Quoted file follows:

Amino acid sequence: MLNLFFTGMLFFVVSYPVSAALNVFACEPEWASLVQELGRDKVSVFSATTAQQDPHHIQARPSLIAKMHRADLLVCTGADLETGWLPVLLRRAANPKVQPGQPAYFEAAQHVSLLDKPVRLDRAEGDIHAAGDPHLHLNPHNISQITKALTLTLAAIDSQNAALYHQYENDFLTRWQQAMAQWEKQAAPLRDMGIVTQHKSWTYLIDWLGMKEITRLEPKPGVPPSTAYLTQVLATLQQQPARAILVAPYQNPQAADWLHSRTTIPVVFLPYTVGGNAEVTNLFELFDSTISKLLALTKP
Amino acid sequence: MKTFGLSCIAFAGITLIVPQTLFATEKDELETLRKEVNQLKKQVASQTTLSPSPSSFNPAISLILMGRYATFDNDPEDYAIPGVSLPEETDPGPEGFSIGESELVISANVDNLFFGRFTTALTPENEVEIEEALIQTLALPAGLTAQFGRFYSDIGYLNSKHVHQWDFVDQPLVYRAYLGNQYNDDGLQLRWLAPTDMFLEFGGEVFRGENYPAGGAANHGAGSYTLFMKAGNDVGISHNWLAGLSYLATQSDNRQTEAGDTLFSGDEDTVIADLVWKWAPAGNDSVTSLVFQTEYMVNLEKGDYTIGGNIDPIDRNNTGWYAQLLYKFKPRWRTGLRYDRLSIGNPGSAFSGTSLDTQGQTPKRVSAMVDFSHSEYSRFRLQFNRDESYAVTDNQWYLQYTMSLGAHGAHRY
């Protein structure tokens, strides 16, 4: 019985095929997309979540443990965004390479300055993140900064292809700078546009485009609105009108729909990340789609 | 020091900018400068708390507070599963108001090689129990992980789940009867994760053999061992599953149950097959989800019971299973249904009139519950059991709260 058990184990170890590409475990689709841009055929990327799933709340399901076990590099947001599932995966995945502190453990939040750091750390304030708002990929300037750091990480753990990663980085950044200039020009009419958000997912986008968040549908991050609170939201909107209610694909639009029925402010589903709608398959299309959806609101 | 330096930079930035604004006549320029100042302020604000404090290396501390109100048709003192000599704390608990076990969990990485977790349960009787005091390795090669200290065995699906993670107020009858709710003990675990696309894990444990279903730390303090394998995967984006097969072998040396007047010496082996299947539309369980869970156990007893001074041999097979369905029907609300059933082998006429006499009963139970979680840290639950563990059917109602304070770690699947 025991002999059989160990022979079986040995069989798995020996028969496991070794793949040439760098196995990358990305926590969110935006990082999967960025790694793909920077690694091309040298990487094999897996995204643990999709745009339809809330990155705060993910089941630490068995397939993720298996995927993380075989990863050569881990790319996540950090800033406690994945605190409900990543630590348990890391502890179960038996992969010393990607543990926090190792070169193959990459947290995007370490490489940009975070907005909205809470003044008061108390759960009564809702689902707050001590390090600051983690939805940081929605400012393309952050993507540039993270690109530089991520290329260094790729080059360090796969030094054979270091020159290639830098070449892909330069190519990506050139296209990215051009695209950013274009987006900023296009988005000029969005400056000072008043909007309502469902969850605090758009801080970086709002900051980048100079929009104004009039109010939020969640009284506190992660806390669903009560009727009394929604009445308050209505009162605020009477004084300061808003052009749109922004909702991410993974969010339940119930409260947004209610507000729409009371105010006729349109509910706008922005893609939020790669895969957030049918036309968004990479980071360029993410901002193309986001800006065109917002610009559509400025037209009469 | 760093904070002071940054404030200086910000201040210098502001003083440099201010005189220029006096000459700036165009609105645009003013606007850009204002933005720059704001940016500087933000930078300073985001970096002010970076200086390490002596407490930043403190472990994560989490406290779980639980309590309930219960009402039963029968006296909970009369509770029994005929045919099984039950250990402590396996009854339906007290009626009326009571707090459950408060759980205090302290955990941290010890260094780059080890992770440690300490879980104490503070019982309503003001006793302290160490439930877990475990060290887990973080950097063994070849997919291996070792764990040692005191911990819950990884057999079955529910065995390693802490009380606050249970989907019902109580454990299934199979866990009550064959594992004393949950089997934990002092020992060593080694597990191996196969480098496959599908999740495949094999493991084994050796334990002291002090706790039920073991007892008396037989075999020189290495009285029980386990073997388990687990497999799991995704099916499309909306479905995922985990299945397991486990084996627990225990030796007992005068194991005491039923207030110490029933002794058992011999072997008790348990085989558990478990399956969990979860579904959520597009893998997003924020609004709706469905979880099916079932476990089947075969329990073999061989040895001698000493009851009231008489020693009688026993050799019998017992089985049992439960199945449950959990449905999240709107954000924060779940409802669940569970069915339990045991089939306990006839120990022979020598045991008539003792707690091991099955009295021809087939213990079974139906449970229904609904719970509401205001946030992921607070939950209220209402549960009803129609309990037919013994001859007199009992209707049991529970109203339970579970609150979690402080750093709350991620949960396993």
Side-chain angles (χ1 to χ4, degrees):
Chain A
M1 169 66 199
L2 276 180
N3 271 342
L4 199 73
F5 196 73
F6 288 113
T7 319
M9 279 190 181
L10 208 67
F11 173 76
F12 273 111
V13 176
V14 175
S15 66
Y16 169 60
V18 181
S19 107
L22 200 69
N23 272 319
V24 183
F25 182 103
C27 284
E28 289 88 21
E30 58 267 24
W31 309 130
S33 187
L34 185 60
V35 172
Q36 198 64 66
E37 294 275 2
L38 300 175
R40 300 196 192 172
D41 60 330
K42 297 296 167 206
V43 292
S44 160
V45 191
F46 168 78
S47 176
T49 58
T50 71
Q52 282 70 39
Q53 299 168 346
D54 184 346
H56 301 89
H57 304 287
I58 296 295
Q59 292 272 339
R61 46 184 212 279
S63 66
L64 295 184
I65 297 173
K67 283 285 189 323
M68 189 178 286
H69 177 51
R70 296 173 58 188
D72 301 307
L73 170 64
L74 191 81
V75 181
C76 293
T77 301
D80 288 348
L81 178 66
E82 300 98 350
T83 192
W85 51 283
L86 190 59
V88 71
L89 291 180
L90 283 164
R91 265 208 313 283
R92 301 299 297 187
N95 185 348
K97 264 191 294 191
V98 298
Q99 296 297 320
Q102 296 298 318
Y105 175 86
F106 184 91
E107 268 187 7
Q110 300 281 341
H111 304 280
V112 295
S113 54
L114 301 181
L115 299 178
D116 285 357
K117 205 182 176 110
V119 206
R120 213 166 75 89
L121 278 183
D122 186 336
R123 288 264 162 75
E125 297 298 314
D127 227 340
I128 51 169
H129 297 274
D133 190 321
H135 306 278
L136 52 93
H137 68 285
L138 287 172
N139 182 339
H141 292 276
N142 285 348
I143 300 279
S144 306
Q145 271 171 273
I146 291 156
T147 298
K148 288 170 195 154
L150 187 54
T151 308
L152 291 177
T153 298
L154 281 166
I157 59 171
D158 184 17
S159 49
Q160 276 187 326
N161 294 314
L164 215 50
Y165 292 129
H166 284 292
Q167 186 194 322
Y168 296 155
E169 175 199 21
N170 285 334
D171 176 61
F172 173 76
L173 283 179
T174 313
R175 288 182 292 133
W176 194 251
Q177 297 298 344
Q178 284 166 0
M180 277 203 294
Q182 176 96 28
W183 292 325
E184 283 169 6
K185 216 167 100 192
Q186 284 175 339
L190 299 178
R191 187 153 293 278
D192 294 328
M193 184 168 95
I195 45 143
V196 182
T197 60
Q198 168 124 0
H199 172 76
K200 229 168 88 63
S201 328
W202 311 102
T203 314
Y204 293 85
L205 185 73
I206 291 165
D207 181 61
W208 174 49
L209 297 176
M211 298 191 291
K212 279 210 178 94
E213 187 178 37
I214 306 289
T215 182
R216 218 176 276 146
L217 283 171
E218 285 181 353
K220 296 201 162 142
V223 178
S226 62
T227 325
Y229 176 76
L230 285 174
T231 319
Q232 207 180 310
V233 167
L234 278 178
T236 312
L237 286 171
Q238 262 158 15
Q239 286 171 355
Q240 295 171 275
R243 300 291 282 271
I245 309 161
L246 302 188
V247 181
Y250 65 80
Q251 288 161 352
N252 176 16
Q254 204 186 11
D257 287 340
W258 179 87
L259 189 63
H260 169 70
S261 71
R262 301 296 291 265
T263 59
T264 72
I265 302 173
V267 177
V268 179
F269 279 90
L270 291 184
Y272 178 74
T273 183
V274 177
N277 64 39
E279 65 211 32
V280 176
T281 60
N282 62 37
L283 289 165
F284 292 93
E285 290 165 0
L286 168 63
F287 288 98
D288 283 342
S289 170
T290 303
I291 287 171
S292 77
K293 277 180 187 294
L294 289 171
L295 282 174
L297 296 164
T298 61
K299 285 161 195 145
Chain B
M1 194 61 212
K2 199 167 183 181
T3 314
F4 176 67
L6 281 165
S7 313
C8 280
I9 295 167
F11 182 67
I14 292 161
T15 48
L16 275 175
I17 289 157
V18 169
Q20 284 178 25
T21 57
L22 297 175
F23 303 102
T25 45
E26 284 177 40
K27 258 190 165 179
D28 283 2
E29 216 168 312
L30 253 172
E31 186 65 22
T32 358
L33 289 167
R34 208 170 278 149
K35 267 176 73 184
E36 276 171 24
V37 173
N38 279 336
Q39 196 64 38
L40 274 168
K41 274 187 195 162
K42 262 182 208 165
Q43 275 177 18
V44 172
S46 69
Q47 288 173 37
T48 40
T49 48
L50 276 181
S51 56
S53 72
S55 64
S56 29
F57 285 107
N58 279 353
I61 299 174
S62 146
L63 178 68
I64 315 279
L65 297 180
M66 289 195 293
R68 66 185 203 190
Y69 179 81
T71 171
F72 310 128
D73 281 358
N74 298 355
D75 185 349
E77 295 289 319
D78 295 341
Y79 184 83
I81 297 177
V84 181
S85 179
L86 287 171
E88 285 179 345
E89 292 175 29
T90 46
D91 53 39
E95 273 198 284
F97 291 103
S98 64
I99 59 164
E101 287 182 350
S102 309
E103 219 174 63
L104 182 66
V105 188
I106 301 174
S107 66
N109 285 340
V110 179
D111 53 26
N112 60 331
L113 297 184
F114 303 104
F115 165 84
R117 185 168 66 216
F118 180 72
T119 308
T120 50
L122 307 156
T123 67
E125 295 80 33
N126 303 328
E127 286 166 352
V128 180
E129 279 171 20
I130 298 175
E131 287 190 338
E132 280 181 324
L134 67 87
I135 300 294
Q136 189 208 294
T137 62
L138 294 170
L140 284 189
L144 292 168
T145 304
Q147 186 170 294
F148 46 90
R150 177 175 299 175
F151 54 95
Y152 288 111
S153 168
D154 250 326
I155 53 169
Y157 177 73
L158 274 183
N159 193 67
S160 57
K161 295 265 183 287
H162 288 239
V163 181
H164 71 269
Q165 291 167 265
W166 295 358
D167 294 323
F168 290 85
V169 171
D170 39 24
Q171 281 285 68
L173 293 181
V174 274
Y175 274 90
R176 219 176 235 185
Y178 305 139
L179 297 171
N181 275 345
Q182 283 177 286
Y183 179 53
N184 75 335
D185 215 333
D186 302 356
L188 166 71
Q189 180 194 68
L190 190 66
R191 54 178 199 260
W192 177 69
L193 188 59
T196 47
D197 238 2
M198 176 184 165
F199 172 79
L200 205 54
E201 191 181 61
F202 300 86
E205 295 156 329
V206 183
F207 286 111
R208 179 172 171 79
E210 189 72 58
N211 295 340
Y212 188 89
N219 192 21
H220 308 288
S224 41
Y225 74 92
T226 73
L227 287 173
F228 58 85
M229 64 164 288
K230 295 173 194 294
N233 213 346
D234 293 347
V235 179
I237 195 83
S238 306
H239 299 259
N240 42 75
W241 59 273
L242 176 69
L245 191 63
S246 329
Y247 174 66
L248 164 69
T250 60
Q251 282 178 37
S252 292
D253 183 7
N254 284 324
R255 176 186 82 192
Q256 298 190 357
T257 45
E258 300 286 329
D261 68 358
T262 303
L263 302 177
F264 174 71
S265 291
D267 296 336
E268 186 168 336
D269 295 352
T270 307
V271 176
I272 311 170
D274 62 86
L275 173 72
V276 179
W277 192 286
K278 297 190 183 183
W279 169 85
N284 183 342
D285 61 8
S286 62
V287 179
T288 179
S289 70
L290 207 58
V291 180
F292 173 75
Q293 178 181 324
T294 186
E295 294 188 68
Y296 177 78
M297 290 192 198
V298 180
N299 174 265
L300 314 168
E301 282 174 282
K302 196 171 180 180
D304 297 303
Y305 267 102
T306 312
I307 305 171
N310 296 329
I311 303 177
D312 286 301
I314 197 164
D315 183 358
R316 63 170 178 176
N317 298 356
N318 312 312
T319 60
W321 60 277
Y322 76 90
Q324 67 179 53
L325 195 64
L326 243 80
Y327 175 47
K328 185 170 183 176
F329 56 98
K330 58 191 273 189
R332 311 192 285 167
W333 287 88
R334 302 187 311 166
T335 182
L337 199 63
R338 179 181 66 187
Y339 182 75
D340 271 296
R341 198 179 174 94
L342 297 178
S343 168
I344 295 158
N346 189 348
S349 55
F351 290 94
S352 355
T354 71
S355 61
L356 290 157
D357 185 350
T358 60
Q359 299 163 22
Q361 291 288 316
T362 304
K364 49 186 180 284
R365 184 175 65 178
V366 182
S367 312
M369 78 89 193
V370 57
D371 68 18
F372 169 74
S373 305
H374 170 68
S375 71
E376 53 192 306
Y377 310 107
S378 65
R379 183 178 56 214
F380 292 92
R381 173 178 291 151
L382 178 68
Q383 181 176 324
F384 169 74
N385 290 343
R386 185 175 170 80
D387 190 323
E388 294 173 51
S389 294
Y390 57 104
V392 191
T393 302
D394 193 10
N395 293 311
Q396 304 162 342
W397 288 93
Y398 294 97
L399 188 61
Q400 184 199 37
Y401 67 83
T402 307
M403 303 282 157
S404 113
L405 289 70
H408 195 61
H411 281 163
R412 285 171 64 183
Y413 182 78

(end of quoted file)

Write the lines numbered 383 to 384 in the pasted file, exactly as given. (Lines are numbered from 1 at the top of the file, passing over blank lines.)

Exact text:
D185 215 333
D186 302 356